Successful small businesses are frequently the targets of civil lawsuits. Claims could come from just about anyone who works with or for your business.
A former worker could try to come after your company because they are upset that you fired them. A customer could claim that your products somehow injured them and try to hold you accountable for hospital bills and months of lost wages. One of your employees could accuse another of sexual harassment, and your business could end up having financial losses because of that.
How can you protect your small business from lawsuits that could eat up its assets and possibly force it into insolvency?
Invest in the right insurance
Sometimes accidents happen, and sometimes scammers come after a business with a well-fabricated tale. You have no way of knowing what could potentially happen in the future, so it’s best to ensure your business against any possibilities.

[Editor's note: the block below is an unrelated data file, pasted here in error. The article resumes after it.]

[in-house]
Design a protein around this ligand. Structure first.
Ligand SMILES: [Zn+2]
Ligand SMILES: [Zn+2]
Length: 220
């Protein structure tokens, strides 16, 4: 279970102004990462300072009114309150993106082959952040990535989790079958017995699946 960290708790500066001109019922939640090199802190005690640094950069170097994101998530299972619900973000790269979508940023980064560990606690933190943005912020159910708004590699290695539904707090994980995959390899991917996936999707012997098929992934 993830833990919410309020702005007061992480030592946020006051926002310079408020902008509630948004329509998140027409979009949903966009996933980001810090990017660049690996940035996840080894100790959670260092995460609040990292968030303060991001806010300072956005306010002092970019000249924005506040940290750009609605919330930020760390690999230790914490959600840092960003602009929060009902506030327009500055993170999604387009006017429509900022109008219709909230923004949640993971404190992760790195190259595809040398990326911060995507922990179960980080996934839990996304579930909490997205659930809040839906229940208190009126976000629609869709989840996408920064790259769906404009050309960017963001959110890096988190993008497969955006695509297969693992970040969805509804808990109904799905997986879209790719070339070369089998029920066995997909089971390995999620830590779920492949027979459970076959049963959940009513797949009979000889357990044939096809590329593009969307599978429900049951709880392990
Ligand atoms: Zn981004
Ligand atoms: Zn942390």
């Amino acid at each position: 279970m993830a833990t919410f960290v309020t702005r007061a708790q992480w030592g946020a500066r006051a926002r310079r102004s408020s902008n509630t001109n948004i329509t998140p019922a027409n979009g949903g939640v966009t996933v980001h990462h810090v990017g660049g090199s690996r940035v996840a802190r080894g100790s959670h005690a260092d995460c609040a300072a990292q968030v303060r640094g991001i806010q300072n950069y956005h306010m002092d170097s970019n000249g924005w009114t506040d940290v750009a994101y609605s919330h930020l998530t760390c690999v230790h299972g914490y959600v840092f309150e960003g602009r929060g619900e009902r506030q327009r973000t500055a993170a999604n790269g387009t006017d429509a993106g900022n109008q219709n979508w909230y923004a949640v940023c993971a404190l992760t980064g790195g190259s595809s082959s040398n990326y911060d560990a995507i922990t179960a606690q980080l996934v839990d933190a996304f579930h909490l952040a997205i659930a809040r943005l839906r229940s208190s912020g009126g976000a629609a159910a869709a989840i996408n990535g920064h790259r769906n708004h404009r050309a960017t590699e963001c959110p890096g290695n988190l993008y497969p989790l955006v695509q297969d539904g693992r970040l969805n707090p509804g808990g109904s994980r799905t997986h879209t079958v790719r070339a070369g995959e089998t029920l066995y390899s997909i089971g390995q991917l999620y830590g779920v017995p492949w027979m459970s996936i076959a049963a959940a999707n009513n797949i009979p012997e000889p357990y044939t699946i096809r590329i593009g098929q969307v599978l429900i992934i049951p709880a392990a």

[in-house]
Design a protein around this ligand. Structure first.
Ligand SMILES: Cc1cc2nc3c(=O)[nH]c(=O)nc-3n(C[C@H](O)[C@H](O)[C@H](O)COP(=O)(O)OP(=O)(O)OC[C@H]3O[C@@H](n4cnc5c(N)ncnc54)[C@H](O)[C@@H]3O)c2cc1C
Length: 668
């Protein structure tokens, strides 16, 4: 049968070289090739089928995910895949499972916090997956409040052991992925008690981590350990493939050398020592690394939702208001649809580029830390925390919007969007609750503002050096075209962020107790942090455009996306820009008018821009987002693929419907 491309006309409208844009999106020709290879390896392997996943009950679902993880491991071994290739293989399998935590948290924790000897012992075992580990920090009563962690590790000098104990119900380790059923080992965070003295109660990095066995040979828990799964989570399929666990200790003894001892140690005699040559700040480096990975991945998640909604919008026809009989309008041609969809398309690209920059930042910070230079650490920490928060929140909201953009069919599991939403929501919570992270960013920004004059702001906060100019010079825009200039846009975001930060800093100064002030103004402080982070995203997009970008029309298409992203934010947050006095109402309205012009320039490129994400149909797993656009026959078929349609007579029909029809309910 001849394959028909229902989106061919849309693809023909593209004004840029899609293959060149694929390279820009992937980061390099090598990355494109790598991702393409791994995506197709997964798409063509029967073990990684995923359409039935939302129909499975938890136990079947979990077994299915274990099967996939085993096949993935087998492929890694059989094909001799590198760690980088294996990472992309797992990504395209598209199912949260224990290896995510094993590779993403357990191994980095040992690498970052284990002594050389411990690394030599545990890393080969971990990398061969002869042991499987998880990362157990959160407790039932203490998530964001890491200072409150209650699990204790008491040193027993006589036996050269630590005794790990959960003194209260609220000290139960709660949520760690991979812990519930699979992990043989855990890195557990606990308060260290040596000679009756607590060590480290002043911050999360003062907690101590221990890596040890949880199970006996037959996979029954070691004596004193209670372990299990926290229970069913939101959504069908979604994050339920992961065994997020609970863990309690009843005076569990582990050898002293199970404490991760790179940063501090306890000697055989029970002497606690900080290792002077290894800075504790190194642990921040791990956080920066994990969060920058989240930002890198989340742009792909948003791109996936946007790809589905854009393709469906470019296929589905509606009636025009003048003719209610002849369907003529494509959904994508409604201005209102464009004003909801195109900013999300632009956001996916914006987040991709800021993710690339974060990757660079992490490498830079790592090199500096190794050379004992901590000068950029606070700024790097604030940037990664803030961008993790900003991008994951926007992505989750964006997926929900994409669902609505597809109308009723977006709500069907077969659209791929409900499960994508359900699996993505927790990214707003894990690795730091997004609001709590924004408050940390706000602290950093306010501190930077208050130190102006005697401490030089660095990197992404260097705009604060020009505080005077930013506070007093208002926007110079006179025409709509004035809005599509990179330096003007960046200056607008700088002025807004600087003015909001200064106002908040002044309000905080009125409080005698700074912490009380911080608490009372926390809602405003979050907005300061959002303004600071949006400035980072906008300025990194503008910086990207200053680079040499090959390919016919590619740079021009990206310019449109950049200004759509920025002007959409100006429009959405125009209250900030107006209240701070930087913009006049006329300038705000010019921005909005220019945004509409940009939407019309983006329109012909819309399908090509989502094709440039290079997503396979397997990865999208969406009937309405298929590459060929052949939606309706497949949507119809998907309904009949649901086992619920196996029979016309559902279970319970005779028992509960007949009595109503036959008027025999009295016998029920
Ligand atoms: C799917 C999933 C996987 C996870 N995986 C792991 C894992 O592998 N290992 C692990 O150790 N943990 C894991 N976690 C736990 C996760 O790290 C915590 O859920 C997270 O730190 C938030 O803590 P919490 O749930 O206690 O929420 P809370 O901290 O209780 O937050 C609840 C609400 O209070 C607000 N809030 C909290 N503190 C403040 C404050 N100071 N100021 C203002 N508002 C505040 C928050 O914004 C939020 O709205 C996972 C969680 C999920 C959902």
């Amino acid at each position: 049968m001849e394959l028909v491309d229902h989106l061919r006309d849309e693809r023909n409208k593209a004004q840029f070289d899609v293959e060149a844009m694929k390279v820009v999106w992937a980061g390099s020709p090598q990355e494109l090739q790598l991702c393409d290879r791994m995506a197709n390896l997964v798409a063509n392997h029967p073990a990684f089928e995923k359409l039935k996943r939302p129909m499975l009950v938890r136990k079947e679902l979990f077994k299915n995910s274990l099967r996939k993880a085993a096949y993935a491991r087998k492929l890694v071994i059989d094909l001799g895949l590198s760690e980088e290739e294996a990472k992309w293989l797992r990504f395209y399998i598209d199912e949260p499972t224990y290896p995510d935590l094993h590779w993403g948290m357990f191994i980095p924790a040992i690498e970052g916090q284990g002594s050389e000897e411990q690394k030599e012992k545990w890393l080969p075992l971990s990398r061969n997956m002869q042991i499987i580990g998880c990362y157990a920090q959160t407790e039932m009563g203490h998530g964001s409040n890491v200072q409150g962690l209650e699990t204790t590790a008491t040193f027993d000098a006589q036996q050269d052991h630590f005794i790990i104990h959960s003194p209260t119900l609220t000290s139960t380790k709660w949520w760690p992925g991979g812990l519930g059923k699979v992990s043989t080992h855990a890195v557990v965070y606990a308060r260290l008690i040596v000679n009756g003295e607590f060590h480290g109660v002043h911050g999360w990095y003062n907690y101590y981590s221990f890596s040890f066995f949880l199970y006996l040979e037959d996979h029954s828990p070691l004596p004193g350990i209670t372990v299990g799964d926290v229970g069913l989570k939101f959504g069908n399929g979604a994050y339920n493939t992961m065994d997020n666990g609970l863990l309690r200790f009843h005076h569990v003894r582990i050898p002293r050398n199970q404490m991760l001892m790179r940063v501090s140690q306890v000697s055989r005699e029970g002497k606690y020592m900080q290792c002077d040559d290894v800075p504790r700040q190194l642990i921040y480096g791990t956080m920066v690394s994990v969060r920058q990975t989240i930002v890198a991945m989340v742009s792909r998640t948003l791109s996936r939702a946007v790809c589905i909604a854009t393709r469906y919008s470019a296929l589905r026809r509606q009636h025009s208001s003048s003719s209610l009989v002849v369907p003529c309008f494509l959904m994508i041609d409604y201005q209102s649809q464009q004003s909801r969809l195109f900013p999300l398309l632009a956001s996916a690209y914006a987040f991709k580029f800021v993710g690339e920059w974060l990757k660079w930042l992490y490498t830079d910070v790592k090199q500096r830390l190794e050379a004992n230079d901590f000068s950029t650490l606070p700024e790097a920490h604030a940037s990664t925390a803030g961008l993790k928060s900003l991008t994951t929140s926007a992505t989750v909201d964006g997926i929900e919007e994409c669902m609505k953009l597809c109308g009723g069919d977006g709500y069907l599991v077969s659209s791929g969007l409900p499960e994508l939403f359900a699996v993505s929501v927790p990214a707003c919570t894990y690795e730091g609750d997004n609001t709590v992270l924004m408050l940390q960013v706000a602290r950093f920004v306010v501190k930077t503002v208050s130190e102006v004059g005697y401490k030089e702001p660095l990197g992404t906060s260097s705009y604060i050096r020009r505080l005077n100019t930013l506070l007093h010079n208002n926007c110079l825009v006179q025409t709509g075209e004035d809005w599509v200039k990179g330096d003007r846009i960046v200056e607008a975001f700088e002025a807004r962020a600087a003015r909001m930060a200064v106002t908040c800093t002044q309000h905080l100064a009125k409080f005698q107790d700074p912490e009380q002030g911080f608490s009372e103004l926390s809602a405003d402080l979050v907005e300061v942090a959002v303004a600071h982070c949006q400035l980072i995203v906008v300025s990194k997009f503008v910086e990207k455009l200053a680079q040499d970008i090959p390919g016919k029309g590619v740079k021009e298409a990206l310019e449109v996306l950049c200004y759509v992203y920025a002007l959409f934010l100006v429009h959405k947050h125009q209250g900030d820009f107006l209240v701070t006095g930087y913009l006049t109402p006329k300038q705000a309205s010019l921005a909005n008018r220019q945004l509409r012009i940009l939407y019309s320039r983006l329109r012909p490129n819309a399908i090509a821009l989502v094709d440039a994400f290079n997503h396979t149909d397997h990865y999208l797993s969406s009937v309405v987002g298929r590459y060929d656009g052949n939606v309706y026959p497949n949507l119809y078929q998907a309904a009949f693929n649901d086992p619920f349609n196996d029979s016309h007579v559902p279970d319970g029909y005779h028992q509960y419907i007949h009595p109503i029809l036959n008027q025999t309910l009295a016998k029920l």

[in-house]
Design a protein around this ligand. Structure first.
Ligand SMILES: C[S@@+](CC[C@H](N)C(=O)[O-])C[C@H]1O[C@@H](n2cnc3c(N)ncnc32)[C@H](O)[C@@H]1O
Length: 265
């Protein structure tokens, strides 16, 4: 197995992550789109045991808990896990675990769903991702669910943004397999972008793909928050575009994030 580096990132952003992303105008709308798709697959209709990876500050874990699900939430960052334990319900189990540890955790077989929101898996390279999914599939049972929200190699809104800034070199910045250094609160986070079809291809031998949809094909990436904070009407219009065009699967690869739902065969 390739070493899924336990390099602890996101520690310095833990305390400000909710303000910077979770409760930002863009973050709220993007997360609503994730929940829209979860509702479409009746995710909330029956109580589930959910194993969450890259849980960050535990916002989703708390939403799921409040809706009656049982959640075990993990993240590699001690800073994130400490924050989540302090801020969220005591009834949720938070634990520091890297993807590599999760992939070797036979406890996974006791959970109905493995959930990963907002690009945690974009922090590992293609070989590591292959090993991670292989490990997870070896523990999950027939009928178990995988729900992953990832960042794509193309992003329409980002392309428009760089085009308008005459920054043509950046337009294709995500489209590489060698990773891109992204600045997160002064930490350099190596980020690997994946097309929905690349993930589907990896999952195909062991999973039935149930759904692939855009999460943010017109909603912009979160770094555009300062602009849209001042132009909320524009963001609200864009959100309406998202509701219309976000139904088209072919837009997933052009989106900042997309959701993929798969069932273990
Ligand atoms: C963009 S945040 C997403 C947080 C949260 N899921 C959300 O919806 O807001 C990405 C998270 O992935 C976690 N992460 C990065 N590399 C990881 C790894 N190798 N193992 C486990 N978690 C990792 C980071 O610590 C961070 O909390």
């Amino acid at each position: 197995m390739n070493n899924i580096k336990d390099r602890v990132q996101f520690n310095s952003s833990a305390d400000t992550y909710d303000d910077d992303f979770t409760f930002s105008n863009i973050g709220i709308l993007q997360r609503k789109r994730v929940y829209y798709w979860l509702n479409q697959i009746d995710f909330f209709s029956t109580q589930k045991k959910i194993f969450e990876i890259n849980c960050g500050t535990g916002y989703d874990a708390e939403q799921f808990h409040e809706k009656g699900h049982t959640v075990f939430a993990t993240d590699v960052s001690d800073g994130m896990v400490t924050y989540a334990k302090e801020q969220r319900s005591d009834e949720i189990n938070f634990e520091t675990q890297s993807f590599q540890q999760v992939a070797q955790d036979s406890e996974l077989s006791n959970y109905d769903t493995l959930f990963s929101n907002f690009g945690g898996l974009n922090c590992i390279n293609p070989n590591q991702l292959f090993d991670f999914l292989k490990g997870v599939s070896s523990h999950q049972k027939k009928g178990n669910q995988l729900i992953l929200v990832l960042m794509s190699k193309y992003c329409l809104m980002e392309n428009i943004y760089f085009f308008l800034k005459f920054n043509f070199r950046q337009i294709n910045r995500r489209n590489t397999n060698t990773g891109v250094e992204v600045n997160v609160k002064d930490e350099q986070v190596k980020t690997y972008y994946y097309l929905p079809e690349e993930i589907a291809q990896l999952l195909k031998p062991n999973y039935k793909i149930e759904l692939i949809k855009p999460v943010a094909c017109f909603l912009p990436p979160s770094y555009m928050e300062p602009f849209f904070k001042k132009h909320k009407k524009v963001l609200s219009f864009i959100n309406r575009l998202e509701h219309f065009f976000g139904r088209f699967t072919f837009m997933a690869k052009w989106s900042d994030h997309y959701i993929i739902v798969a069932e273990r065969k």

General liability policies are a good investment for most businesses, as are more specialized forms of insurance. Premises liability policies protect those with a shop or restaurant, while defective product coverage can help those who sell goods to the public. Having enough coverage will mean that neither your revenue nor your assets will be at risk if someone sues the business.
Put everything in writing
Especially when you are a new business, it can be a dangerous temptation to try to reach informal agreements with suppliers, clients or employees. It is so easy for someone to misremember something said in negotiations.
You can protect your company from frivolous lawsuits and non-performance by other parties through the creation of thorough contracts for everyone from your employees to your vendors.
Ensure that you comply with employment laws
Understanding rules that govern fair pay, unpaid leave from work and overtime wages are crucial for all employers. You also will likely need to understand the Americans with Disabilities Act and the Family and Medical Leave Act after your company reaches a certain size. Educating yourself so that you can appropriately respond to employee requests or complaints will reduce the risk of your company facing a damaging lawsuit.